Installing CCTVs costly, will hamper probes: State police

Electronic eyes: A proposal to install 2,438 CCTVs in 1,080 police stations has been pending with the State government for the past two years.  

The Maharashtra Police have informed the State government that it would not be cost-effective to install more closed circuit television cameras (CCTV) inside police stations in the State.

In a recent meeting with the Home Department and Chief Minister Devendra Fadnavis, senior police officials said placing interrogation rooms under further surveillance would hamper investigation. The officials said it would be difficult to install CCTVs despite clear directives from the Supreme Court and the Bombay High Court. “We are still deliberating on the issue and may be able to take a decision at the earliest. The police have reservations regarding cost and hurdles to the interrogation process. We are looking into it keeping in mind the court’s directive and deadline,” said a senior official of the Home Department.

A proposal to install 2,438 CCTVs in 1,080 police stations has been pending with the State government for the past two years. While some stations have CCTVs installed with help from local NGOs and associations, most of them remain non-functional and on paper, sources said. Mr. Fadnavis, however, claimed that the coverage remained 100%. “I am told our coverage is near 100% in this regard,” he told The Hindu.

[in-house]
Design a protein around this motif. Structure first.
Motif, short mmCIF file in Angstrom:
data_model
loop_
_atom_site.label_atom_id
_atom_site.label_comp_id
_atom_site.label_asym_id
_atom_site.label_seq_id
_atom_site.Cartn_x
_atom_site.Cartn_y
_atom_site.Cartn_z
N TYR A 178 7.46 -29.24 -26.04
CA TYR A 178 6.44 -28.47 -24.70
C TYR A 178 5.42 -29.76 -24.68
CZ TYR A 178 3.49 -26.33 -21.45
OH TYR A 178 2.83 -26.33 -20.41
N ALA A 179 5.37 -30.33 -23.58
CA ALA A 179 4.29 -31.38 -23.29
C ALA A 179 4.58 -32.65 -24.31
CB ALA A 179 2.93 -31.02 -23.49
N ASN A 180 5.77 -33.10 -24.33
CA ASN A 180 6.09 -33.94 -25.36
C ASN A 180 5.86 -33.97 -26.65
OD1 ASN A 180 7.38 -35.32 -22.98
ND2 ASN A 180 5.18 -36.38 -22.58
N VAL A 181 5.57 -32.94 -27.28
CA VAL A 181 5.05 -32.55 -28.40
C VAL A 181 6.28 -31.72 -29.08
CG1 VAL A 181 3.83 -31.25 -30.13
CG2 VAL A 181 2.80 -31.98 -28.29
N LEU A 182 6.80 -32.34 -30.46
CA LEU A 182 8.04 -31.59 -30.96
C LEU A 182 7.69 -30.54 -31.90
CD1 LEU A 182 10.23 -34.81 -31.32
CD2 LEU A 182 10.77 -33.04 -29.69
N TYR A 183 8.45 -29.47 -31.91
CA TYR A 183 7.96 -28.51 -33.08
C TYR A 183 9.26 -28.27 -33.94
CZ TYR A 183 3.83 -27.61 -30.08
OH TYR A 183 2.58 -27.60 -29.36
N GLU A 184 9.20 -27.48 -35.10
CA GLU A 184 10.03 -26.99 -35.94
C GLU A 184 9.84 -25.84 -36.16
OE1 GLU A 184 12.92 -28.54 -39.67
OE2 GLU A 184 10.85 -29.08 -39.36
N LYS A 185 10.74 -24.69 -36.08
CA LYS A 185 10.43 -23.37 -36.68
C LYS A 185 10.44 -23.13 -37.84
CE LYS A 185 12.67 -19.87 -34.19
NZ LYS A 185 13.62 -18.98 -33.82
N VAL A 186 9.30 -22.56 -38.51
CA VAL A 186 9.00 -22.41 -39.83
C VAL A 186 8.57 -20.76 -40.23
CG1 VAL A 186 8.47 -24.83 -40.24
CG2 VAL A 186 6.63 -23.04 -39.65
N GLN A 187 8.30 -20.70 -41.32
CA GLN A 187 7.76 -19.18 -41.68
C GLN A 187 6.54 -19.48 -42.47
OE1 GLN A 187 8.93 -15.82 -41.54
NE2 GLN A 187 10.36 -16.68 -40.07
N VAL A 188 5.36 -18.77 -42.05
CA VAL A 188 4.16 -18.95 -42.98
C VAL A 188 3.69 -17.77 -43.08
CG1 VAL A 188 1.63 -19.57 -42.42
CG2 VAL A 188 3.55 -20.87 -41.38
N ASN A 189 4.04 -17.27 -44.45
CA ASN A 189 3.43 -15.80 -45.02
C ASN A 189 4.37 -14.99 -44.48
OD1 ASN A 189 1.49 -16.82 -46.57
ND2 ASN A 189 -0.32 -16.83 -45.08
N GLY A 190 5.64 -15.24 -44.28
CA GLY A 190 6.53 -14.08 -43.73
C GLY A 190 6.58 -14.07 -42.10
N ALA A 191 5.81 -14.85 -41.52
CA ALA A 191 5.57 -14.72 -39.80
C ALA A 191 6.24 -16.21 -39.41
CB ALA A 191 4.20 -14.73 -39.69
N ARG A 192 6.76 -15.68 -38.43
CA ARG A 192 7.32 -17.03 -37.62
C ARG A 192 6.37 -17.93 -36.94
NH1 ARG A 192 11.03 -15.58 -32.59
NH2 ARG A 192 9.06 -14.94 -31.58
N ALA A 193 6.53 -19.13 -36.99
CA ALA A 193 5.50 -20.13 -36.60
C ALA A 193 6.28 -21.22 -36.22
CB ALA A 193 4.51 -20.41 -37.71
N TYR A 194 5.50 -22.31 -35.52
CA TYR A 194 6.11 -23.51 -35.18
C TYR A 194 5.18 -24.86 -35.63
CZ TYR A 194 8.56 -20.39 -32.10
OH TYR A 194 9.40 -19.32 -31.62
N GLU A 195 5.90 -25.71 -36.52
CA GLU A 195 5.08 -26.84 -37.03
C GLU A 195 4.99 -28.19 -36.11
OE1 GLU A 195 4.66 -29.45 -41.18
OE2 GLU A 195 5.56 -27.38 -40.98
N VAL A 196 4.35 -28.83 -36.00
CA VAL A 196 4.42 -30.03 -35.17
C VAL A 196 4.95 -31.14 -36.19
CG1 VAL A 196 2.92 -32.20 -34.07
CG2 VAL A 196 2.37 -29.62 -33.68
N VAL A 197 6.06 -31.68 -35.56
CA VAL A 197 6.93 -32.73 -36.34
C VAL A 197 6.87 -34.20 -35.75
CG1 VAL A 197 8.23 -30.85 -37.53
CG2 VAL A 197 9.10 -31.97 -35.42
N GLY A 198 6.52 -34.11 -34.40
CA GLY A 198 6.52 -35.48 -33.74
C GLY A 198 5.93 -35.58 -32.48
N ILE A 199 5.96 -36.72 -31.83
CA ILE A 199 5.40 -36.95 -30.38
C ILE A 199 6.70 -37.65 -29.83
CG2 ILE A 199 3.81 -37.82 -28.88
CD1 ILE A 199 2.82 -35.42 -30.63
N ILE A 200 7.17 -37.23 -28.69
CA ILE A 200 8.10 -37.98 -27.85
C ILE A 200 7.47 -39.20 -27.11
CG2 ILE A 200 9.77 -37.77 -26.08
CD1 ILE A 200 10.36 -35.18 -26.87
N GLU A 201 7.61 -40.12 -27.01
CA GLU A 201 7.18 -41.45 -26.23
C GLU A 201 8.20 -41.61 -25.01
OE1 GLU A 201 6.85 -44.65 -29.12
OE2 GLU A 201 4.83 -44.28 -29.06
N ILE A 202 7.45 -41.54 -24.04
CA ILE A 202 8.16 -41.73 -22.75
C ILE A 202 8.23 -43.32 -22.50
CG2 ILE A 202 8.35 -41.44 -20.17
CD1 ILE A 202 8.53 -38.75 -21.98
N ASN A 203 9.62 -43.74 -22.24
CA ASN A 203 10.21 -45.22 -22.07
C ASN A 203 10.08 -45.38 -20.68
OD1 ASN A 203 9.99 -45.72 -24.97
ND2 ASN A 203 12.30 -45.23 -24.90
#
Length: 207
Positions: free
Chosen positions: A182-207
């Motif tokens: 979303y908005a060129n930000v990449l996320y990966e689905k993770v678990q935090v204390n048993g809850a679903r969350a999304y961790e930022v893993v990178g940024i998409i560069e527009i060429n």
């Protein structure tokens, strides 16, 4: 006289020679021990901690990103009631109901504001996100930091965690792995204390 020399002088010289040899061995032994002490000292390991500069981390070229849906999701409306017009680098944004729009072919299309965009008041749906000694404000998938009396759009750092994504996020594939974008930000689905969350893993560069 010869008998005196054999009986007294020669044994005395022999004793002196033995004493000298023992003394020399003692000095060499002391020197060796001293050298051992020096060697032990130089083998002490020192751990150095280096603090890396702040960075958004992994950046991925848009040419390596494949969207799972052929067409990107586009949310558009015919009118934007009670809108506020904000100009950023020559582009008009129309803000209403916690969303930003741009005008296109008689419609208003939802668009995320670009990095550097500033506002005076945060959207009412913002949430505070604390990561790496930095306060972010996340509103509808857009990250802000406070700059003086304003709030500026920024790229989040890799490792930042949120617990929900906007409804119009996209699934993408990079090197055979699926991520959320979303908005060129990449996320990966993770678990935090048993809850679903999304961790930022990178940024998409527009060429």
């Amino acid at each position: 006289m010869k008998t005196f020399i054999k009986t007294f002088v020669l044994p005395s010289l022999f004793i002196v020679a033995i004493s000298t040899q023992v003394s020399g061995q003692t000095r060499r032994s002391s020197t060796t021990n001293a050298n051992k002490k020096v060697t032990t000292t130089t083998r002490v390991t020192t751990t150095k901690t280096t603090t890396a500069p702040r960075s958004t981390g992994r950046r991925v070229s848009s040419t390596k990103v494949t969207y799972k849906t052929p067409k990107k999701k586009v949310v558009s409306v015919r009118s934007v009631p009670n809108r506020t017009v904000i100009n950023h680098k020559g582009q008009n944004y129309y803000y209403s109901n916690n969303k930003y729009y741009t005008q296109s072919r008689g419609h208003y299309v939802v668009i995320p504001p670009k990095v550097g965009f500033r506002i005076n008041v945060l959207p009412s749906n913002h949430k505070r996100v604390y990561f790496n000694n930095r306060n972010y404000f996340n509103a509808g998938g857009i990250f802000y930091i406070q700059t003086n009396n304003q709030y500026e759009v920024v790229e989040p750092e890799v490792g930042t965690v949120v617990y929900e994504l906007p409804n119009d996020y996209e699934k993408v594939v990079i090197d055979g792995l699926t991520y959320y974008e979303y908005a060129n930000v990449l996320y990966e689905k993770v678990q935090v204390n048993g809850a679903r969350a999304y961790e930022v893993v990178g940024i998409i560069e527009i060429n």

Curbing custodial deaths

The Supreme Court had in a landmark judgment in 2015 directed State governments to install CCTV cameras in police stations and interrogation rooms. This directive along with the appointment of more woman constables were some of the key measures suggested by the Bench of Justices T.S. Thakur and R. Banumathi to prevent custodial deaths. This was in addition to the directive issued by Bombay High Court as part of a petition filed in 2014. The objective in the judgments was to encourage inspection of the police stations and monitor custodial violence, said officials. “At the time of the SC order, the State remained a leader in custodial deaths at 15 in 2016. But that has been curtailed as part of some of the other preventive measures taken by us,” said the official.

State Finance Minister Sudhir Mungantiwar made the announcement to install CCTVs inside police stations in his budget speech in 2016. He had promised connecting them to a district control room along with a criminal tracking system.

According to a proposal submitted to the Home Department on January 27, 2015, ₹88.90 crore was set aside to install the cameras. Some cameras were installed with help from local residential associations, but about 402 remain non-functional, sources said.

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Printable version | Apr 20, 2021 8:20:28 PM |

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